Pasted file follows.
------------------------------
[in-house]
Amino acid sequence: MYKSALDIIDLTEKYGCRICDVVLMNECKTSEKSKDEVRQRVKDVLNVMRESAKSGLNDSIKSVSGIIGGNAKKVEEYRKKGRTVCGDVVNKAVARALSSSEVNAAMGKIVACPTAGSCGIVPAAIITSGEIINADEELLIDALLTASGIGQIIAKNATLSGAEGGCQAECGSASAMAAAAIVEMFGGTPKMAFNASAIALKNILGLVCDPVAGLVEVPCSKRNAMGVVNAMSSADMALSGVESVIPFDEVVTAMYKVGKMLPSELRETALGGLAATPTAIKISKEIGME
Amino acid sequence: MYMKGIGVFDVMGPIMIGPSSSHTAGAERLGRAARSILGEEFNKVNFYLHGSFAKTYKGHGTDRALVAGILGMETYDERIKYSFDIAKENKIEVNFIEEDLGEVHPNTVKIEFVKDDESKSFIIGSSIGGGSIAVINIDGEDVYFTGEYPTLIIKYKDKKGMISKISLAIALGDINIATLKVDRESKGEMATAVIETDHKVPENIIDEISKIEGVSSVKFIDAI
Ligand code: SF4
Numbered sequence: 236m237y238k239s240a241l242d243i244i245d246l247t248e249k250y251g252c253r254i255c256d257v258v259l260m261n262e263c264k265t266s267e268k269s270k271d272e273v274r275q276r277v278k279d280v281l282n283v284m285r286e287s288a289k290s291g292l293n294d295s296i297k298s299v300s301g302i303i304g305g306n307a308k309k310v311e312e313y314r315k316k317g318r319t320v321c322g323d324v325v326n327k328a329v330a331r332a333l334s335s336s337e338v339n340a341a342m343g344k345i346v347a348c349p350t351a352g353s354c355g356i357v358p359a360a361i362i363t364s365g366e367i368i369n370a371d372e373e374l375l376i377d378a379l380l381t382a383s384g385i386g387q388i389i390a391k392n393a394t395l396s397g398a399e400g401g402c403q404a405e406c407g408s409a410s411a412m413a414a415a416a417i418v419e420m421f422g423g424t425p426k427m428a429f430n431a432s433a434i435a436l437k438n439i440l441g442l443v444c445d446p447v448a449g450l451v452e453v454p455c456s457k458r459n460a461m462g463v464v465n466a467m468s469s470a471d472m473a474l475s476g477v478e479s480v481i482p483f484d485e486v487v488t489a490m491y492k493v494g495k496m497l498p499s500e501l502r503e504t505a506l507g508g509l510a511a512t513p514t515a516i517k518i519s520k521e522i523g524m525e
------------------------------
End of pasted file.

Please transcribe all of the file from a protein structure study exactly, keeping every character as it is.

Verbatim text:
[in-house]
Amino acid sequence: MYKSALDIIDLTEKYGCRICDVVLMNECKTSEKSKDEVRQRVKDVLNVMRESAKSGLNDSIKSVSGIIGGNAKKVEEYRKKGRTVCGDVVNKAVARALSSSEVNAAMGKIVACPTAGSCGIVPAAIITSGEIINADEELLIDALLTASGIGQIIAKNATLSGAEGGCQAECGSASAMAAAAIVEMFGGTPKMAFNASAIALKNILGLVCDPVAGLVEVPCSKRNAMGVVNAMSSADMALSGVESVIPFDEVVTAMYKVGKMLPSELRETALGGLAATPTAIKISKEIGME
Amino acid sequence: MYMKGIGVFDVMGPIMIGPSSSHTAGAERLGRAARSILGEEFNKVNFYLHGSFAKTYKGHGTDRALVAGILGMETYDERIKYSFDIAKENKIEVNFIEEDLGEVHPNTVKIEFVKDDESKSFIIGSSIGGGSIAVINIDGEDVYFTGEYPTLIIKYKDKKGMISKISLAIALGDINIATLKVDRESKGEMATAVIETDHKVPENIIDEISKIEGVSSVKFIDAI
Ligand code: SF4
Numbered sequence: 236m237y238k239s240a241l242d243i244i245d246l247t248e249k250y251g252c253r254i255c256d257v258v259l260m261n262e263c264k265t266s267e268k269s270k271d272e273v274r275q276r277v278k279d280v281l282n283v284m285r286e287s288a289k290s291g292l293n294d295s296i297k298s299v300s301g302i303i304g305g306n307a308k309k310v311e312e313y314r315k316k317g318r319t320v321c322g323d324v325v326n327k328a329v330a331r332a333l334s335s336s337e338v339n340a341a342m343g344k345i346v347a348c349p350t351a352g353s354c355g356i357v358p359a360a361i362i363t364s365g366e367i368i369n370a371d372e373e374l375l376i377d378a379l380l381t382a383s384g385i386g387q388i389i390a391k392n393a394t395l396s397g398a399e400g401g402c403q404a405e406c407g408s409a410s411a412m413a414a415a416a417i418v419e420m421f422g423g424t425p426k427m428a429f430n431a432s433a434i435a436l437k438n439i440l441g442l443v444c445d446p447v448a449g450l451v452e453v454p455c456s457k458r459n460a461m462g463v464v465n466a467m468s469s470a471d472m473a474l475s476g477v478e479s480v481i482p483f484d485e486v487v488t489a490m491y492k493v494g495k496m497l498p499s500e501l502r503e504t505a506l507g508g509l510a511a512t513p514t515a516i517k518i519s520k521e522i523g524m525e